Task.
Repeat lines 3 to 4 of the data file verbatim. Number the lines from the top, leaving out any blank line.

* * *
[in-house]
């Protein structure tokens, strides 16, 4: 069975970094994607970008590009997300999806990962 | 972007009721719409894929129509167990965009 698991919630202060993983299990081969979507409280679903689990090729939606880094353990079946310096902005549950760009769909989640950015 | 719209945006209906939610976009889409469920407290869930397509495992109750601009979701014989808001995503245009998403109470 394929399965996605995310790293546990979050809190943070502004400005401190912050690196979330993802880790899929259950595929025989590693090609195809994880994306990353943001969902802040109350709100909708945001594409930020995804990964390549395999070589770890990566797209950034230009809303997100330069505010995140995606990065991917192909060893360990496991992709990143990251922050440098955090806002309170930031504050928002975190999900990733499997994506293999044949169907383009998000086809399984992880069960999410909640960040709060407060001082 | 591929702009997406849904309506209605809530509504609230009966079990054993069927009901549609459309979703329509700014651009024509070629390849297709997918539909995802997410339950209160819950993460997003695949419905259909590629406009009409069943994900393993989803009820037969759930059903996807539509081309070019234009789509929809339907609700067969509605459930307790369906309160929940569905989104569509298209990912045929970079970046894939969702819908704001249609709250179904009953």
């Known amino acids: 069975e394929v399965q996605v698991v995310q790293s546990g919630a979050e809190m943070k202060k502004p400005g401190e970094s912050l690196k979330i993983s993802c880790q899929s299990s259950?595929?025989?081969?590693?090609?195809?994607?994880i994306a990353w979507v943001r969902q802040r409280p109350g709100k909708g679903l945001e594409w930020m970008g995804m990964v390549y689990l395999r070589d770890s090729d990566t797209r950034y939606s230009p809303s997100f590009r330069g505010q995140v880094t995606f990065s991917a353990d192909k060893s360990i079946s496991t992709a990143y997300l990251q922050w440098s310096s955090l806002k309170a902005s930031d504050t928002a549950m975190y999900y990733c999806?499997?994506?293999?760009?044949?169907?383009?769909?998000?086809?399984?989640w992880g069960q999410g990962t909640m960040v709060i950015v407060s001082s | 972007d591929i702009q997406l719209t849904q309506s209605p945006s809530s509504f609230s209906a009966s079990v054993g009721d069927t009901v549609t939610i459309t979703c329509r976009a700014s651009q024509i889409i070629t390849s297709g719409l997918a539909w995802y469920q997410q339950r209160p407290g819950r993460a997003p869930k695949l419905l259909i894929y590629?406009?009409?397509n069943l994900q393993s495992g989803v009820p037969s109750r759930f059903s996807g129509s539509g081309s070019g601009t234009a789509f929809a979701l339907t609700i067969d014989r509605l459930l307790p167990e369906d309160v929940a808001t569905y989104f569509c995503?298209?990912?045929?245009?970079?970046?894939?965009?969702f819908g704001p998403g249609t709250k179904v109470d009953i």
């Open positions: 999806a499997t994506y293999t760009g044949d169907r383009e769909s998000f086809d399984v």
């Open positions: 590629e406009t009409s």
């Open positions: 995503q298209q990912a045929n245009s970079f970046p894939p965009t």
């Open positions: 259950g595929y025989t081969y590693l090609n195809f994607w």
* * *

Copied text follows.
């Known amino acids: 069975e394929v399965q996605v698991v995310q790293s546990g919630a979050e809190m943070k202060k502004p400005g401190e970094s912050l690196k979330i993983s993802c880790q899929s299990s259950?595929?025989?081969?590693?090609?195809?994607?994880i994306a990353w979507v943001r969902q802040r409280p109350g709100k909708g679903l945001e594409w930020m970008g995804m990964v390549y689990l395999r070589d770890s090729d990566t797209r950034y939606s230009p809303s997100f590009r330069g505010q995140v880094t995606f990065s991917a353990d192909k060893s360990i079946s496991t992709a990143y997300l990251q922050w440098s310096s955090l806002k309170a902005s930031d504050t928002a549950m975190y999900y990733c999806?499997?994506?293999?760009?044949?169907?383009?769909?998000?086809?399984?989640w992880g069960q999410g990962t909640m960040v709060i950015v407060s001082s | 972007d591929i702009q997406l719209t849904q309506s209605p945006s809530s509504f609230s209906a009966s079990v054993g009721d069927t009901v549609t939610i459309t979703c329509r976009a700014s651009q024509i889409i070629t390849s297709g719409l997918a539909w995802y469920q997410q339950r209160p407290g819950r993460a997003p869930k695949l419905l259909i894929y590629?406009?009409?397509n069943l994900q393993s495992g989803v009820p037969s109750r759930f059903s996807g129509s539509g081309s070019g601009t234009a789509f929809a979701l339907t609700i067969d014989r509605l459930l307790p167990e369906d309160v929940a808001t569905y989104f569509c995503?298209?990912?045929?245009?970079?970046?894939?965009?969702f819908g704001p998403g249609t709250k179904v109470d009953i």
């Open positions: 999806a499997t994506y293999t760009g044949d169907r383009e769909s998000f086809d399984v």